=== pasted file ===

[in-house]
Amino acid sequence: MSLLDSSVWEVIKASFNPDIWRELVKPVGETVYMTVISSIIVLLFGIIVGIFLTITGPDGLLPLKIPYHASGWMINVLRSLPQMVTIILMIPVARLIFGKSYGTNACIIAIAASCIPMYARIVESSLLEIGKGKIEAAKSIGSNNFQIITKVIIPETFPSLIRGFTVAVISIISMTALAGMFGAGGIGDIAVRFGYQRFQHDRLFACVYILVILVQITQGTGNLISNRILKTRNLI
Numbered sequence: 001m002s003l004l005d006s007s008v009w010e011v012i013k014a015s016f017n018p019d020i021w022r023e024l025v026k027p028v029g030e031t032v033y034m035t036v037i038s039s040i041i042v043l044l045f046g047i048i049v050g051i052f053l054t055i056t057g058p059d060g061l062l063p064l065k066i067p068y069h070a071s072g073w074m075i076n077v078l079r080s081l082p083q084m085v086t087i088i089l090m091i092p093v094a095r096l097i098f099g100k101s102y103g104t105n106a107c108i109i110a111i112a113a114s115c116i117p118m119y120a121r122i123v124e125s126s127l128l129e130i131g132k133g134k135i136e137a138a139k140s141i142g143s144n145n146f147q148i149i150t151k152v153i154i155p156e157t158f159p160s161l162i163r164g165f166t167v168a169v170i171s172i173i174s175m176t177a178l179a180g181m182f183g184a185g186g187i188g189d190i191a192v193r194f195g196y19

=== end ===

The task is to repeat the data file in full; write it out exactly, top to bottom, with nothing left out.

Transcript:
[in-house]
Amino acid sequence: MSLLDSSVWEVIKASFNPDIWRELVKPVGETVYMTVISSIIVLLFGIIVGIFLTITGPDGLLPLKIPYHASGWMINVLRSLPQMVTIILMIPVARLIFGKSYGTNACIIAIAASCIPMYARIVESSLLEIGKGKIEAAKSIGSNNFQIITKVIIPETFPSLIRGFTVAVISIISMTALAGMFGAGGIGDIAVRFGYQRFQHDRLFACVYILVILVQITQGTGNLISNRILKTRNLI
Numbered sequence: 001m002s003l004l005d006s007s008v009w010e011v012i013k014a015s016f017n018p019d020i021w022r023e024l025v026k027p028v029g030e031t032v033y034m035t036v037i038s039s040i041i042v043l044l045f046g047i048i049v050g051i052f053l054t055i056t057g058p059d060g061l062l063p064l065k066i067p068y069h070a071s072g073w074m075i076n077v078l079r080s081l082p083q084m085v086t087i088i089l090m091i092p093v094a095r096l097i098f099g100k101s102y103g104t105n106a107c108i109i110a111i112a113a114s115c116i117p118m119y120a121r122i123v124e125s126s127l128l129e130i131g132k133g134k135i136e137a138a139k140s141i142g143s144n145n146f147q148i149i150t151k152v153i154i155p156e157t158f159p160s161l162i163r164g165f166t167v168a169v170i171s172i173i174s175m176t177a178l179a180g181m182f183g184a185g186g187i188g189d190i191a192v193r194f195g196y19